These are almost certainly an Apple bug. So Cocoa Widgets is (probably) just a placeholder. For years we've been plagued by Apple file picker bugs, but have never been able to reproduce them. Many of these were Mac topcrashers, for at least a while. I can reproduce these!!! They're currently the #8 Mac topcrasher on the 34 branch. As best I can tell these happen in all FF versions (I've tested FF 31 and current mozilla-central nightly). I'll investigate them further when I get the chance (probably next week).
Forgot to mention that these crashes are on a secondary thread. But the main thread is definitely in system file picker code.
Created attachment 8480118 [details] lldb all-thread stack trace This was made using today's mozilla-central nightly.
Summary: Crashes at libsystem_pthread.dylib@0x1bb3 on Yosemite DP6 and Public Preview 2 using file picker → Crashes at libsystem_pthread.dylib@0x1bb3 (pthread_mutex_unlock) on Yosemite DP6 and Public Preview 2 using file picker
Crash Signature: [@ libsystem_pthread.dylib@0x1bb3 ]
Crash-stats claims these are all null-dereferences. But they aren't -- none of them are. Instead they're crashes at address 0x5a5a5a5a5a5a5a5a -- a value jemalloc uses to poison memory that it's released. I'm pretty sure this means that these crashes are an Apple use-after-free bug. As far as I know, jemalloc takes over all memory management in the current process -- including for OS code.
Weirdly, I can't reproduce these crashes using my Mac ASan build from http://people.mozilla.org/~stmichaud/bmo/firefox-asan.dmg. I know jemalloc likes to re-use the memory from deleted objects as soon as possible (much sooner than happens without jemalloc). That's probably why.
I should have mentioned that ASan builds don't use jemalloc.
Summary: Crashes at libsystem_pthread.dylib@0x1bb3 (pthread_mutex_unlock) on Yosemite DP6 and Public Preview 2 using file picker → Crashes at libsystem_pthread.dylib@0x1bb3 (pthread_mutex_unlock) accessing 0x5a5a5a5a5a5a5a5a on Yosemite DP6 and Public Preview 2 using file picker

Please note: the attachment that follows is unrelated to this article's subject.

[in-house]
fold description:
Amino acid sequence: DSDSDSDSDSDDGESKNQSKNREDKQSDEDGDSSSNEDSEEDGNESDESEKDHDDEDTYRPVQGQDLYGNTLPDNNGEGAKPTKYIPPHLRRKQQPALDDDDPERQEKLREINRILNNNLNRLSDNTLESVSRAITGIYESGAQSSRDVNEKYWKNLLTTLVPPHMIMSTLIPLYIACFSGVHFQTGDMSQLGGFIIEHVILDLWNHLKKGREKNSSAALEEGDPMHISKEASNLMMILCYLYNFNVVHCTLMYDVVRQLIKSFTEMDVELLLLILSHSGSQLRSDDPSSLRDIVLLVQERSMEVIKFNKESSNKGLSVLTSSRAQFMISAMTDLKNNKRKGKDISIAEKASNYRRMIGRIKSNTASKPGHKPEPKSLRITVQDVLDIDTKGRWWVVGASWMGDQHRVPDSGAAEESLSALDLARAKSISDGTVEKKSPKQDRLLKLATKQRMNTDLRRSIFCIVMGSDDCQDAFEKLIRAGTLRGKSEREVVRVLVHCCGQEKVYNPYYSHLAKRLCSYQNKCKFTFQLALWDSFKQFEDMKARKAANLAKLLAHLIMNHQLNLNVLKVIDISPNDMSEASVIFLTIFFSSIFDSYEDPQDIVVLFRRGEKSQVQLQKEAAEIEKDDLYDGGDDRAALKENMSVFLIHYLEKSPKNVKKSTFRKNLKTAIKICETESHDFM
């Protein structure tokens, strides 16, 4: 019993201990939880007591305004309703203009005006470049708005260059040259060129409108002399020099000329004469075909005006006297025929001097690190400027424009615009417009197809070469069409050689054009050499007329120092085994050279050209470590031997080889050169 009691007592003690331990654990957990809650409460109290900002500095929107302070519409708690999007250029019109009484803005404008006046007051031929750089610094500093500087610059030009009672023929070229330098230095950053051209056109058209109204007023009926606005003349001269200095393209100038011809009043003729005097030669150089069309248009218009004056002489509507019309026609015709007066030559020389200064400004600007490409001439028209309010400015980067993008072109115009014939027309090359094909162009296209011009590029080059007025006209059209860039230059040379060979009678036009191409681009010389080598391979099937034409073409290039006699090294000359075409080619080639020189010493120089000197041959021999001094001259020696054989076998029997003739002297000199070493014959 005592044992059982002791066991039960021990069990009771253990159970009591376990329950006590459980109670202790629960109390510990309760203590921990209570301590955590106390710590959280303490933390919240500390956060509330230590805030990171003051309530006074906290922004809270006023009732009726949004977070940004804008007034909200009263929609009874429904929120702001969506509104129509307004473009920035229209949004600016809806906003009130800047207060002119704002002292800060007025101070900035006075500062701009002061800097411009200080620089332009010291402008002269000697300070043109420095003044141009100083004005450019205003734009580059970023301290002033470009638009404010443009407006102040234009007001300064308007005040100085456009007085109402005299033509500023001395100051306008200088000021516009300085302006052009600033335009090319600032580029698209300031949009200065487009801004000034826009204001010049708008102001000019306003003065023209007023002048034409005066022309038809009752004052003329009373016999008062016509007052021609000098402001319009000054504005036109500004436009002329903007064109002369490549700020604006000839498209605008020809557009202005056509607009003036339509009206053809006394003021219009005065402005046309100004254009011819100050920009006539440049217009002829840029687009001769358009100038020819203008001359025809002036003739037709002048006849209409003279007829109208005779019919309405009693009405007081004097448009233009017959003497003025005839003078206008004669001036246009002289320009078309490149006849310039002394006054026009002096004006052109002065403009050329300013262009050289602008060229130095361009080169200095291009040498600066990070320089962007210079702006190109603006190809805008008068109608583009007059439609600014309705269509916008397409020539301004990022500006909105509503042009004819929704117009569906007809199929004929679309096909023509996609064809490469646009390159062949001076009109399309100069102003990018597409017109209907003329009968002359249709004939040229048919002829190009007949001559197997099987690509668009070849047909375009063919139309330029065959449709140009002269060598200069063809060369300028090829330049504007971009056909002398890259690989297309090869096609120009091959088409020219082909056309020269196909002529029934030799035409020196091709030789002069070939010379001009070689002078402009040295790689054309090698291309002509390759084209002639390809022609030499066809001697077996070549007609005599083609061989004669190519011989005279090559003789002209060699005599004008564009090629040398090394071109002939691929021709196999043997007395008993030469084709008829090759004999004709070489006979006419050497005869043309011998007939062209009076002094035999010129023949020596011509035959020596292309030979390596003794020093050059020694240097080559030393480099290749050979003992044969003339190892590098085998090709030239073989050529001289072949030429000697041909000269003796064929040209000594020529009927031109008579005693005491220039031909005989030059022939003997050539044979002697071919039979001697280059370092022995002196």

> libsystem_pthread.dylib`pthread_mutex_unlock + 16: > -> 0x7fff8a869bb3: cmpq $0x4d555458, (%rbx) RBX here is (0x5a5a5a5a5a5a5a5a + 8) == 0x5a5a5a5a5a5a5a62 You can see this from the raw dump of a Socorro crash stack.
> I know jemalloc likes to re-use the memory from deleted objects as soon as possible > (much sooner than happens without jemalloc). Mike: Are you familiar with this jemalloc behavior? Do you know why it happens? Is there any way to tune it? Given what I've been able to find out here, I suspect jemalloc has played a role in Apple's file picker crashes going back many years. I'm not saying this is a jemalloc bug. But if jemalloc re-uses deleted objects much more quickly than Apple's "standard" memory management, that would tend to uncover many more Apple use-after-free bugs than Apple's own apps do.
Since I can reproduce these crashes (and presumably will continue to be able to do so), when I find time I'll track down the specific use-after-free bug (presumably Apple's) that's causing them. Hopefully that'll be sometime next week.
(Following up comment #8) Actually it's another, relatively new jemalloc behavior that's most likely to be triggering *these* crashes. Memory poisoning itself is more likely to uncover use-after-free bugs, since any use-after-free (even one that happens very quickly) will now trigger a crash.
Hit this on Aurora when trying to upload an attachement to Bugzilla: https://crash-stats.mozilla.com/report/index/0f844b89-957c-40cd-ae2d-f67202140829
Apple appears to have fixed this particular file picker crash in Yosemite DP7. And it turns out to have been uninteresting, anyway. It was a simple, stupid bug that it was presumably very easy for Apple to fix. jemalloc isn't involved. Despite my not being able to reproduce these crashes with my Mac ASan build (which doesn't use jemalloc), I later found out that (in non-ASan builds) these crashes happen with or without jemalloc. And, though these crashes happen on a secondary thread, there are no race conditions involved. All ..._block_invoke methods are called with a single parameter -- an object that inherits from NSBlock. The one involved here (AppKit`__42-[_NSScrollingConcurrentVBLMonitor resume]_block_invoke) gets called multiple times with the same NSBlock object, and then releases it the last time through. But it releases it too early, before it's done with it. So this bug is a very simple, straightforward use-after-free.
Status: NEW → RESOLVED
Last Resolved: 4 years ago
Resolution: --- → WORKSFORME
> All ..._block_invoke methods are called with a single parameter -- an object that > inherits from NSBlock. I should have said that they all get called with *at least* a single NSBlock parameter (the first one). There are sometimes also other parameters.
You need to log in before you can comment on or make changes to this bug.